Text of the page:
To synthesize key policy and strategic inputs the Ministry’s senior leadership team can promote to create demand driven technology generation and delivery and thereby ensure participation of the primary change agents and the farmers in the entire chain.
Three high level presentations were given for discussion – namely, the CASCAPE supported study findings of the participatory action research along with research and extension experiences in implementing the PAR approach and existing gaps. The workshop was a great success in understanding the existing gaps and develop strategic action plans to promote high impact partnership among the three institutions.
The workshop was jointly organized by EIAR and BENEFIT-CASCAPE.
BENEFIT-CASCAPE is developing a methodological tool that allows users generate maps that show how and where best fit innovations can be scaled in specific areas. The recommendation domain mapping method is a GIS based multi-criteria evaluation tool that builds on the suitability of each innovation taking biophysical aptitude, and socio-economic feasibility aspects into account.
Following the testing of the tool in 2017, a decision was made to capacitate CASCAPE scaling experts in two regional centers of excellence (linked to the universities of Addis Ababa and Mekele). The first of the three trainings planned for 2018, was held on May 7-11 at Azeeman Hotel, Addis Ababa, Ethiopia on “Mapping CASCAPE innovation recommendation domains – training session 1”. The training was facilitated by Andrew Farrow (GeAgrofía) and Herman Agricola from WUR. Five biophysical and socio-economists experts from Mekele University and two from Addis Ababa University attended that training.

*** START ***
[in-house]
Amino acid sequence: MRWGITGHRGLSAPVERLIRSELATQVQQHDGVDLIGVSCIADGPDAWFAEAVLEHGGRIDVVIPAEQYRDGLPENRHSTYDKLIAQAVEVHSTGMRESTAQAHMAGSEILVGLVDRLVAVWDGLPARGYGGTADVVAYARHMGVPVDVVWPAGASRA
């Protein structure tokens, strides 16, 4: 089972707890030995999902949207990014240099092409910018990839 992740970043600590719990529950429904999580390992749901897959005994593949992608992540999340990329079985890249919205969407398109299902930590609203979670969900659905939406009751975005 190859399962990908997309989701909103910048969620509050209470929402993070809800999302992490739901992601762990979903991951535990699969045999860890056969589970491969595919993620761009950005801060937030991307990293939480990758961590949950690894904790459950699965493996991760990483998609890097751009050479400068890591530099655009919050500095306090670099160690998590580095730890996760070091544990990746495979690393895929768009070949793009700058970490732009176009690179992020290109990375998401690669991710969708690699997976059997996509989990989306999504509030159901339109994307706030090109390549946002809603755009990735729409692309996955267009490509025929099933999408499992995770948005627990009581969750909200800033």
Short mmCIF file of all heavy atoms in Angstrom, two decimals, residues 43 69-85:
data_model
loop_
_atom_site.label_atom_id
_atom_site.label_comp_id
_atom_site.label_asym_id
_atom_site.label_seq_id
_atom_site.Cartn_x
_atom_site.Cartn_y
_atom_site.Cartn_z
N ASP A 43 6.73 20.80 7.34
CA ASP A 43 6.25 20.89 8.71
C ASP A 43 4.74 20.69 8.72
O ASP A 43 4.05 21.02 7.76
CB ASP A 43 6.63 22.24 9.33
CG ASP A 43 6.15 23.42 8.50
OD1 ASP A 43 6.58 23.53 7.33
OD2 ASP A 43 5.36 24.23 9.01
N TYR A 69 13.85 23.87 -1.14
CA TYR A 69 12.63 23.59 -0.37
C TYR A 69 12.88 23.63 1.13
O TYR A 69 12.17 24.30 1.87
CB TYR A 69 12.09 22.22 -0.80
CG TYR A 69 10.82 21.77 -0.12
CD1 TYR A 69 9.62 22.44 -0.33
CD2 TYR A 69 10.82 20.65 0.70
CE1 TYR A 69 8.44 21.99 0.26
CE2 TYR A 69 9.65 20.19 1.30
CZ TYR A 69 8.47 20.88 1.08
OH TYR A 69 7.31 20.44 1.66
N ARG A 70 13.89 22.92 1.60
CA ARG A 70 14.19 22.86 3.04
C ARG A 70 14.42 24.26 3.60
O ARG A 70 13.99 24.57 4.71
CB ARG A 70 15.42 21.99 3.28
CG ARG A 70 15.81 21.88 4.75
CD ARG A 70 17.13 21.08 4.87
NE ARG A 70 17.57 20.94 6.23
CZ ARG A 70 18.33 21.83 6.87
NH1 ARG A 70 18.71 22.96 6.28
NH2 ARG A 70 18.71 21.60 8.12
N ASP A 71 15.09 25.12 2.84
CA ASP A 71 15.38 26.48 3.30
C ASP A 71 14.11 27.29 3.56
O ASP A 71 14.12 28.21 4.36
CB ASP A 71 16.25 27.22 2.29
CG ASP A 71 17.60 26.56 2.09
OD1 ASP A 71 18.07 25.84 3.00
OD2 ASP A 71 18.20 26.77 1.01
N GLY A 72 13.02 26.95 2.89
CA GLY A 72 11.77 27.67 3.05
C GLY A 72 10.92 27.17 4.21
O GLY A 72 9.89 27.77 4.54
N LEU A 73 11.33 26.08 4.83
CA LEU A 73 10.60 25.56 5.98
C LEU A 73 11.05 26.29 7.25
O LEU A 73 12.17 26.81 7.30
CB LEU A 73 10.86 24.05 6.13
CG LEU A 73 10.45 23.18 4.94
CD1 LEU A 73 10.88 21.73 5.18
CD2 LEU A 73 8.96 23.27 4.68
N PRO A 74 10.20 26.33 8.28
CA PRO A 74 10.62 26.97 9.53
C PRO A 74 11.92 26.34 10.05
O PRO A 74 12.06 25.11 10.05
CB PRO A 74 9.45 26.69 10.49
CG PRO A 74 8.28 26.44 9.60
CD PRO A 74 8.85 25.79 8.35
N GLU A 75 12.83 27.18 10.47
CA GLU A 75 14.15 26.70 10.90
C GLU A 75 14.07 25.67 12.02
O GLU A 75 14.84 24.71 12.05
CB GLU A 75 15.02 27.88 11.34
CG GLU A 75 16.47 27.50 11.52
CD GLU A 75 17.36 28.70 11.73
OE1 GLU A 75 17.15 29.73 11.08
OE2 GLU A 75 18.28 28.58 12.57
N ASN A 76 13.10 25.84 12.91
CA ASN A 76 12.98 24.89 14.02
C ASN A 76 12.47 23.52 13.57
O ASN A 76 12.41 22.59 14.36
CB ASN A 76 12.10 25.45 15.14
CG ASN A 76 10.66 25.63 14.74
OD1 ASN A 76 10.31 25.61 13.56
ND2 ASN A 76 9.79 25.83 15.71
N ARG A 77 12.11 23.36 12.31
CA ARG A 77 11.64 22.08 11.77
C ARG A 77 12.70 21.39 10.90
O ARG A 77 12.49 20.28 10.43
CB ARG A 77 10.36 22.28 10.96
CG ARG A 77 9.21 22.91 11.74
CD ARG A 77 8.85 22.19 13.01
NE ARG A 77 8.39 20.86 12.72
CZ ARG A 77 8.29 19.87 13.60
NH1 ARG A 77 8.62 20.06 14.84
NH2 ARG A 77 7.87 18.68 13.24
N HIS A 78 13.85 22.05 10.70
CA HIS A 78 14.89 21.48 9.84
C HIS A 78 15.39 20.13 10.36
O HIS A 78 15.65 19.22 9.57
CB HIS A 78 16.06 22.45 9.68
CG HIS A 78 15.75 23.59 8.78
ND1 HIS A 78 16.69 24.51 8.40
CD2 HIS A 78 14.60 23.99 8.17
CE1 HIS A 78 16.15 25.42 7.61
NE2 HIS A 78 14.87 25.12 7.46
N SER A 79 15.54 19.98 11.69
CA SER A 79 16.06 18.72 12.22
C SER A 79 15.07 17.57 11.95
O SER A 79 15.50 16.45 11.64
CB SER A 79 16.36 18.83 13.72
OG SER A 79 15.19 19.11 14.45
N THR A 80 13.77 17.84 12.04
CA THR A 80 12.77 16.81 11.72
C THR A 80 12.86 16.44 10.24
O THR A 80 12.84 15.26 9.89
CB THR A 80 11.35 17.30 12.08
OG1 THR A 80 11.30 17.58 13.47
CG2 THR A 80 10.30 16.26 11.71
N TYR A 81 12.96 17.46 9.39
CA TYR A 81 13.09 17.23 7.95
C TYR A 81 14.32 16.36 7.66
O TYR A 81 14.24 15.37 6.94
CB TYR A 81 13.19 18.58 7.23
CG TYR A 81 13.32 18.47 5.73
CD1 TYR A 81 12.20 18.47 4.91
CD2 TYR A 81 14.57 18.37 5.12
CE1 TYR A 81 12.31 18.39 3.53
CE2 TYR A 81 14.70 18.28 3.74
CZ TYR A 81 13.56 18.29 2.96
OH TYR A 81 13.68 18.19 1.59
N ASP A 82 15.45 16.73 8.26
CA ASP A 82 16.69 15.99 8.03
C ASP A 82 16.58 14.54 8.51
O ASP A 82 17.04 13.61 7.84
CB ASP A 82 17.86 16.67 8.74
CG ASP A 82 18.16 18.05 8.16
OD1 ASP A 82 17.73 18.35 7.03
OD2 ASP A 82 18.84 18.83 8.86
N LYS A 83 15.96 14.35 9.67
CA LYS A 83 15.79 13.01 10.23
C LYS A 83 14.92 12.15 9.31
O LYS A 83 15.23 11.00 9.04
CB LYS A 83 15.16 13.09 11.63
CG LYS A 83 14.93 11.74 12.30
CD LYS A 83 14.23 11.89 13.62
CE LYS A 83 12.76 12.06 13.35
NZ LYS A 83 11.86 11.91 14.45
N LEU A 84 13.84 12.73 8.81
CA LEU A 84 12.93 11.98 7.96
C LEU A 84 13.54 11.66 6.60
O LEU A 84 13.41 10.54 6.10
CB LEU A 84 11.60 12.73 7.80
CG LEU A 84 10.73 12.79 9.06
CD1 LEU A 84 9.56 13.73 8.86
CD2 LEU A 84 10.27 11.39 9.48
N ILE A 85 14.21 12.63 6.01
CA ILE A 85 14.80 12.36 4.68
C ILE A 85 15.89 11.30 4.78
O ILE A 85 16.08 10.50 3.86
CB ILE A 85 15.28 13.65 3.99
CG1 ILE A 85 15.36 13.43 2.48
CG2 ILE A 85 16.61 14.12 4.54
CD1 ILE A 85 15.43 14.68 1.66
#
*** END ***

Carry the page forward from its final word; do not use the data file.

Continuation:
Fundamentals of R within recommendation mapping and practical hands on exercises
Accessibility modelling in QGIS
Definition of activities to be carried out before next training session
The training used a stepwise method that included reviewing existing recommendation maps and the models used to create them; identifying new innovations in the same woreda to take advantage of the data already collected; consideration of existing innovations (with the same rules and membership functions) in a new woredas and maping new innovations in new woredas.
The next training is planned for 11th– 15th June 2018.